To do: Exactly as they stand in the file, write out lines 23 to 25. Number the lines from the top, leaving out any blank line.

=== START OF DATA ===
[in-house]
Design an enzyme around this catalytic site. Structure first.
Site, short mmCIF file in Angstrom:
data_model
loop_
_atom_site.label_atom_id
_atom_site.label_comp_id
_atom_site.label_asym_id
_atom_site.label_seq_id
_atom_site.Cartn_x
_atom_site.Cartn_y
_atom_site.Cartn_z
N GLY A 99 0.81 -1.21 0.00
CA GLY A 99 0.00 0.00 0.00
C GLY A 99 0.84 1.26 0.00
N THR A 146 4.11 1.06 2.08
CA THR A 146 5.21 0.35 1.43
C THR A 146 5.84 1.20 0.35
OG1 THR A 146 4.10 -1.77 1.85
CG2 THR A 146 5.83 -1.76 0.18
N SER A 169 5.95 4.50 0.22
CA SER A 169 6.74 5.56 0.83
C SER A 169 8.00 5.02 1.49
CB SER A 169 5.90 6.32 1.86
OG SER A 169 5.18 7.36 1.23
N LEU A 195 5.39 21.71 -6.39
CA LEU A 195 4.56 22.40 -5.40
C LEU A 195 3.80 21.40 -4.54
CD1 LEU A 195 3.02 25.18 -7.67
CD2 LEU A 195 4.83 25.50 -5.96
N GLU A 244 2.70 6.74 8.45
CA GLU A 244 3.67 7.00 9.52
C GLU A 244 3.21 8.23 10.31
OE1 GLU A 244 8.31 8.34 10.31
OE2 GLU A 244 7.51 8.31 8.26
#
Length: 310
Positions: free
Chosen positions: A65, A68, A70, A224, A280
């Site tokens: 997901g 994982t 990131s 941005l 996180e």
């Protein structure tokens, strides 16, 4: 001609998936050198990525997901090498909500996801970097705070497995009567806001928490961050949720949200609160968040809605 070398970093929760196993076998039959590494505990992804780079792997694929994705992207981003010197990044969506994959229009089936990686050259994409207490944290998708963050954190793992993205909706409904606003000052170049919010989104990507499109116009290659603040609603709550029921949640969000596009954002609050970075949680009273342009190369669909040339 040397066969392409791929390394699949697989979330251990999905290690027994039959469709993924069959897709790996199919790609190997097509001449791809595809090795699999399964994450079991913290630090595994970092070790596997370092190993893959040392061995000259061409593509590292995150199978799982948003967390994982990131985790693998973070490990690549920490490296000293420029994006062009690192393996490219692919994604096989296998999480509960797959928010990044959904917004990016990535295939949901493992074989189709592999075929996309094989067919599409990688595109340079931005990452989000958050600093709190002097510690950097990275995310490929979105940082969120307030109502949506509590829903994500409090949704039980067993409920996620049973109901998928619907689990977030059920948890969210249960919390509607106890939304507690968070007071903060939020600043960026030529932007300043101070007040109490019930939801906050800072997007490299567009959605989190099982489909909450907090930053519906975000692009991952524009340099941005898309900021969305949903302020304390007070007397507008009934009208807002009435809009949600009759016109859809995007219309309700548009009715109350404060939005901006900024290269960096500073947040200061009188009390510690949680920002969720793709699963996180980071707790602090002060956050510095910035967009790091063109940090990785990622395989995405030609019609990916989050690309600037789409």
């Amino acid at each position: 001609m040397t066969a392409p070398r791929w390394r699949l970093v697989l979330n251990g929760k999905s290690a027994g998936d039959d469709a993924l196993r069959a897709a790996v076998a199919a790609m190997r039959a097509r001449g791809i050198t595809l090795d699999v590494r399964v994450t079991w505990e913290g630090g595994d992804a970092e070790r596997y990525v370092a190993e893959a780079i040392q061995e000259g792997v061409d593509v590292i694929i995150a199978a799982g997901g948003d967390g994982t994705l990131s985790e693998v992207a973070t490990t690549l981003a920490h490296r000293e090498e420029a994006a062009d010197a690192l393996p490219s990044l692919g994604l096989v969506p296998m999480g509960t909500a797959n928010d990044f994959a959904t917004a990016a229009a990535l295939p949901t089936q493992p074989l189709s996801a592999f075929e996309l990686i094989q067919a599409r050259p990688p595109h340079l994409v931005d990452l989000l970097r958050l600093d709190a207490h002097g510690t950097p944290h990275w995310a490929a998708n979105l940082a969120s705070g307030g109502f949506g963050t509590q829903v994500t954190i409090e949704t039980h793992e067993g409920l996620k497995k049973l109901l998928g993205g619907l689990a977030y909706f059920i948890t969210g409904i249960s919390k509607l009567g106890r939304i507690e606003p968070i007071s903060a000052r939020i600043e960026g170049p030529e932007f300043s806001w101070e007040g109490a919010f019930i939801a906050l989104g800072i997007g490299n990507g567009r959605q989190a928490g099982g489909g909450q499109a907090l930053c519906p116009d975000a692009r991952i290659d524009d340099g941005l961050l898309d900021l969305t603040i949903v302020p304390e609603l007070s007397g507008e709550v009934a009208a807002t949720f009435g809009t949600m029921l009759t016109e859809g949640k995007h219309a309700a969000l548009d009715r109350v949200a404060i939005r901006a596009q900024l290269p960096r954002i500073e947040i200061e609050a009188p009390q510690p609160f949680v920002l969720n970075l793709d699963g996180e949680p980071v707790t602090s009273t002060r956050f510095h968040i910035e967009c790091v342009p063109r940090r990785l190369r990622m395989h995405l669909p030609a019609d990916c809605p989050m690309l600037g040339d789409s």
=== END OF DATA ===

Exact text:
C SER A 169 8.00 5.02 1.49
CB SER A 169 5.90 6.32 1.86
OG SER A 169 5.18 7.36 1.23